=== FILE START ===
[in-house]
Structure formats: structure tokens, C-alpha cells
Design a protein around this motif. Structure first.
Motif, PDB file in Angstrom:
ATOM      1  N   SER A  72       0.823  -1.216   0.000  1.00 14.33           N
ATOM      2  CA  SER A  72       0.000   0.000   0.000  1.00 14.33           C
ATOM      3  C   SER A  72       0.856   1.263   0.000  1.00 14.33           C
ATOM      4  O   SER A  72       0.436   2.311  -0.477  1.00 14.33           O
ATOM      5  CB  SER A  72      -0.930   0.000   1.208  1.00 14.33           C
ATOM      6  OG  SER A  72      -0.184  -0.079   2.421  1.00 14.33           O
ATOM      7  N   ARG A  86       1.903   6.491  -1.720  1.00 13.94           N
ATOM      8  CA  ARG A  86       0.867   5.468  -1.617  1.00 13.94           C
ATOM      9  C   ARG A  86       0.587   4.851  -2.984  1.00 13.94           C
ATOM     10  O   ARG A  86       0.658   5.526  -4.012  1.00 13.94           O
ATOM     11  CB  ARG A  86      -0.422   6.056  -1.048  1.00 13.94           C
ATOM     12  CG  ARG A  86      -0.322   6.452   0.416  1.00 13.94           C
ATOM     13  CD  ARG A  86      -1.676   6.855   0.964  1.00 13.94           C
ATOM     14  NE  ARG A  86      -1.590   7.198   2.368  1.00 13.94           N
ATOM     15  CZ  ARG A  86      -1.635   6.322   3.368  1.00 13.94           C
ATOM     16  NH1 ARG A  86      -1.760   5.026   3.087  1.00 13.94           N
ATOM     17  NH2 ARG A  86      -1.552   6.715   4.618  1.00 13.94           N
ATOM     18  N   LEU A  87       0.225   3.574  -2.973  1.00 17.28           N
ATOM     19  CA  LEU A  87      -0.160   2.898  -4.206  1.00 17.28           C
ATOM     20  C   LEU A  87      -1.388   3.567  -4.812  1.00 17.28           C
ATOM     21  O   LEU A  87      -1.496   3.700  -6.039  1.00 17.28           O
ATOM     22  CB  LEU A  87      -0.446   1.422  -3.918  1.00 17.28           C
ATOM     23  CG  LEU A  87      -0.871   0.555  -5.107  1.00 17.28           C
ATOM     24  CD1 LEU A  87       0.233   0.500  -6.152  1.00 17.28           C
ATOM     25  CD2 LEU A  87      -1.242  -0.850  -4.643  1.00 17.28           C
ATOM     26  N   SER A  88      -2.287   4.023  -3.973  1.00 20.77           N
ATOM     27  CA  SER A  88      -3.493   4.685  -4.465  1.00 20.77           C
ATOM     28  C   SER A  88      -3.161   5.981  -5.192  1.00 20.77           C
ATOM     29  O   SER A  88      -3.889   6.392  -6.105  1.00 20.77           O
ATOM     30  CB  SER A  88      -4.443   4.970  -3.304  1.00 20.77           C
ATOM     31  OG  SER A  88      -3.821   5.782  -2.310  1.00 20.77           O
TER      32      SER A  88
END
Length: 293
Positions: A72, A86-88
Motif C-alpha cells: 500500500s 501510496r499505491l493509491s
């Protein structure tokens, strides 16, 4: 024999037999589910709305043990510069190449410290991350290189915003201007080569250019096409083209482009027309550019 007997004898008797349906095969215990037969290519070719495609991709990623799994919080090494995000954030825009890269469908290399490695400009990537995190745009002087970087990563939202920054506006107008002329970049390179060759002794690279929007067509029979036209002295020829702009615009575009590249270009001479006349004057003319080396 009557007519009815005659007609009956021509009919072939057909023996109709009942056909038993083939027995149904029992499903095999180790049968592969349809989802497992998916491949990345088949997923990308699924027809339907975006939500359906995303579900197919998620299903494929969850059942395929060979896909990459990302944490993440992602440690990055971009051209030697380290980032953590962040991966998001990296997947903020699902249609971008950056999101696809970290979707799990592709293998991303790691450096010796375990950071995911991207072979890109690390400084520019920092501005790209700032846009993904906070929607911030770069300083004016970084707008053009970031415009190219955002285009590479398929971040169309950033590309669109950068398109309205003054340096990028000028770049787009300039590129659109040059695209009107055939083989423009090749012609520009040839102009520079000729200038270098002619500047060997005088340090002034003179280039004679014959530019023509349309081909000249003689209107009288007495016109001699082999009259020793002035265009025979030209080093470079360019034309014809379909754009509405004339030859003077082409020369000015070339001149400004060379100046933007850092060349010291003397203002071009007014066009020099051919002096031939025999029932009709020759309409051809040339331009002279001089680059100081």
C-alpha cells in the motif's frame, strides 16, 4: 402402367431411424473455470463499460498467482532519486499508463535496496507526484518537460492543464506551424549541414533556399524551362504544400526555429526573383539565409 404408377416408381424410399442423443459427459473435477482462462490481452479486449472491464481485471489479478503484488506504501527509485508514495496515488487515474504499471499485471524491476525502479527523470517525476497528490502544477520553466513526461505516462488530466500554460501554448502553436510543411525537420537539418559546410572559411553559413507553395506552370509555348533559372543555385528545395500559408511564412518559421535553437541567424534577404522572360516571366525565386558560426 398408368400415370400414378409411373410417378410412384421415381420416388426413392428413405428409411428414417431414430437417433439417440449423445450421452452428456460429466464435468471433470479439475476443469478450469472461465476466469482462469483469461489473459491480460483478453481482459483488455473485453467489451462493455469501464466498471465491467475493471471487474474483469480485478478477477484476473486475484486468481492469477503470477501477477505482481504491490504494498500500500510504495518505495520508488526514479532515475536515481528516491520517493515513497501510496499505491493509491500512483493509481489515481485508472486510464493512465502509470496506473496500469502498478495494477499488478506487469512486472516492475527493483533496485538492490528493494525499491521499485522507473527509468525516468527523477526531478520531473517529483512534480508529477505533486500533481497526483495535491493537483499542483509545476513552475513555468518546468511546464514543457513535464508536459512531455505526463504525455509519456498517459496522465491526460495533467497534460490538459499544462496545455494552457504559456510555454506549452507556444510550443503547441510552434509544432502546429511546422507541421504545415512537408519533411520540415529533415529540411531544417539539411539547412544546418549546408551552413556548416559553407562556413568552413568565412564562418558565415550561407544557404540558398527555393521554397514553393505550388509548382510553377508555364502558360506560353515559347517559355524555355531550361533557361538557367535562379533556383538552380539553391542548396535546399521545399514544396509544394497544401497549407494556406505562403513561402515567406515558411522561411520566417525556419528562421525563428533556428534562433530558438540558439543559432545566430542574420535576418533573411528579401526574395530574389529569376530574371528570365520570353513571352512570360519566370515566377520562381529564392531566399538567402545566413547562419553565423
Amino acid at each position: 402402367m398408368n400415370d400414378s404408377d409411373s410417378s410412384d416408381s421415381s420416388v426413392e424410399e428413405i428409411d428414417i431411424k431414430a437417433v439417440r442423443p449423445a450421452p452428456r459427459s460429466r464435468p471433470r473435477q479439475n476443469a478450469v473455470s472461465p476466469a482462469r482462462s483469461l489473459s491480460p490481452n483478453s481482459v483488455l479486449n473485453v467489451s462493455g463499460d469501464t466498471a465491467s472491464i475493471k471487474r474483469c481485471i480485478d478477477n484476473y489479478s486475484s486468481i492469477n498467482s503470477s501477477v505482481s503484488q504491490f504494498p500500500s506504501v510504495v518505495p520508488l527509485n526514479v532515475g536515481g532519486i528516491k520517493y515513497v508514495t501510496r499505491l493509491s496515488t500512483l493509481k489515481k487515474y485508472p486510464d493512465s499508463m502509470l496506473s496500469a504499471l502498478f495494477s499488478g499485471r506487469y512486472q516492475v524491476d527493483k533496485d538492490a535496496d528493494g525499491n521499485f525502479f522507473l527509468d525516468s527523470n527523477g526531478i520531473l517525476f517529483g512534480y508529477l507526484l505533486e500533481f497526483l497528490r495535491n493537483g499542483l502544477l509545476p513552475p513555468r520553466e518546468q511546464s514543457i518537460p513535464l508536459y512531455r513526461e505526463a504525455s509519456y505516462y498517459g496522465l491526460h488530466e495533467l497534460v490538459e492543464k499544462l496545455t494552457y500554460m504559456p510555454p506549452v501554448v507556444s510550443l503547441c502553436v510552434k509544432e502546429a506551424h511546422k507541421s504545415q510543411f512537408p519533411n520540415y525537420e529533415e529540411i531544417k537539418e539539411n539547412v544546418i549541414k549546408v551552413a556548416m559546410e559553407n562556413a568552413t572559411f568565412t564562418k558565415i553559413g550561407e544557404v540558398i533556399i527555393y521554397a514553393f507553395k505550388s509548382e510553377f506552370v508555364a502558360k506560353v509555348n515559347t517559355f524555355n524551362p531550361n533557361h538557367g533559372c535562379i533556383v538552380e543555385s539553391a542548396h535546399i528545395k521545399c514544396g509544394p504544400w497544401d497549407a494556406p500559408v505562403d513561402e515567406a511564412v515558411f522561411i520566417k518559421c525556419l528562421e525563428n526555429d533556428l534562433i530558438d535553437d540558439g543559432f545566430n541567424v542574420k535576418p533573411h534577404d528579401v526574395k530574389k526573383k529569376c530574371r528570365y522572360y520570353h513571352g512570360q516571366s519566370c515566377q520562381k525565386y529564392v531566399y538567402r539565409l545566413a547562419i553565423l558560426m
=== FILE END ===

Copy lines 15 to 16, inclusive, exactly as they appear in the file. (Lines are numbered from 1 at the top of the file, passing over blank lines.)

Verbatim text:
ATOM     11  CB  ARG A  86      -0.422   6.056  -1.048  1.00 13.94           C
ATOM     12  CG  ARG A  86      -0.322   6.452   0.416  1.00 13.94           C